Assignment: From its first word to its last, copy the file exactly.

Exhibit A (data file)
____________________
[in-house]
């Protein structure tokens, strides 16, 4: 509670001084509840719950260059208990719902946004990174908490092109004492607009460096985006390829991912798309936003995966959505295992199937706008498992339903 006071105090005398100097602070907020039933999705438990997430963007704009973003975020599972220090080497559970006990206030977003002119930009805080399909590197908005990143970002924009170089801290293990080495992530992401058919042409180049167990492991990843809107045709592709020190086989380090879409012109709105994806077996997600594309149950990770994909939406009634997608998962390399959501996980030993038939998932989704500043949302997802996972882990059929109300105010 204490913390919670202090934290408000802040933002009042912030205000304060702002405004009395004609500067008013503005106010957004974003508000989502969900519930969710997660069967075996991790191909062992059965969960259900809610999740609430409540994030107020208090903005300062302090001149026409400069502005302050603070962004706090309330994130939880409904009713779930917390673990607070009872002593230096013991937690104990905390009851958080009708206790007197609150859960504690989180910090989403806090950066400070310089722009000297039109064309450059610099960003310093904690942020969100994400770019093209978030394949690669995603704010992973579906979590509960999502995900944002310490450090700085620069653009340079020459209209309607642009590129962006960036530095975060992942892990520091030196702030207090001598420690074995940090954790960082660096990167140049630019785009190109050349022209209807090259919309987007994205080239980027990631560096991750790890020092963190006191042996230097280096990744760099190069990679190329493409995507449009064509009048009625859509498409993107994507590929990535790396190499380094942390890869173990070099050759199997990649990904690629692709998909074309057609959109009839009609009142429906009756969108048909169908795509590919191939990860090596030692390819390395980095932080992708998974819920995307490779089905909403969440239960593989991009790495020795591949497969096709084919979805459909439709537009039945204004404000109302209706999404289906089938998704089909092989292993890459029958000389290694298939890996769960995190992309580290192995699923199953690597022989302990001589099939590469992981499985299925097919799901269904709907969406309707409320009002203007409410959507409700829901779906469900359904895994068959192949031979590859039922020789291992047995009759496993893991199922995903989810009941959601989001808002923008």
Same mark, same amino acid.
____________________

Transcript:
[in-house]
């Protein structure tokens, strides 16, 4: 509670001084509840719950260059208990719902946004990174908490092109004492607009460096985006390829991912798309936003995966959505295992199937706008498992339903 006071105090005398100097602070907020039933999705438990997430963007704009973003975020599972220090080497559970006990206030977003002119930009805080399909590197908005990143970002924009170089801290293990080495992530992401058919042409180049167990492991990843809107045709592709020190086989380090879409012109709105994806077996997600594309149950990770994909939406009634997608998962390399959501996980030993038939998932989704500043949302997802996972882990059929109300105010 204490913390919670202090934290408000802040933002009042912030205000304060702002405004009395004609500067008013503005106010957004974003508000989502969900519930969710997660069967075996991790191909062992059965969960259900809610999740609430409540994030107020208090903005300062302090001149026409400069502005302050603070962004706090309330994130939880409904009713779930917390673990607070009872002593230096013991937690104990905390009851958080009708206790007197609150859960504690989180910090989403806090950066400070310089722009000297039109064309450059610099960003310093904690942020969100994400770019093209978030394949690669995603704010992973579906979590509960999502995900944002310490450090700085620069653009340079020459209209309607642009590129962006960036530095975060992942892990520091030196702030207090001598420690074995940090954790960082660096990167140049630019785009190109050349022209209807090259919309987007994205080239980027990631560096991750790890020092963190006191042996230097280096990744760099190069990679190329493409995507449009064509009048009625859509498409993107994507590929990535790396190499380094942390890869173990070099050759199997990649990904690629692709998909074309057609959109009839009609009142429906009756969108048909169908795509590919191939990860090596030692390819390395980095932080992708998974819920995307490779089905909403969440239960593989991009790495020795591949497969096709084919979805459909439709537009039945204004404000109302209706999404289906089938998704089909092989292993890459029958000389290694298939890996769960995190992309580290192995699923199953690597022989302990001589099939590469992981499985299925097919799901269904709907969406309707409320009002203007409410959507409700829901779906469900359904895994068959192949031979590859039922020789291992047995009759496993893991199922995903989810009941959601989001808002923008």
Same mark, same amino acid.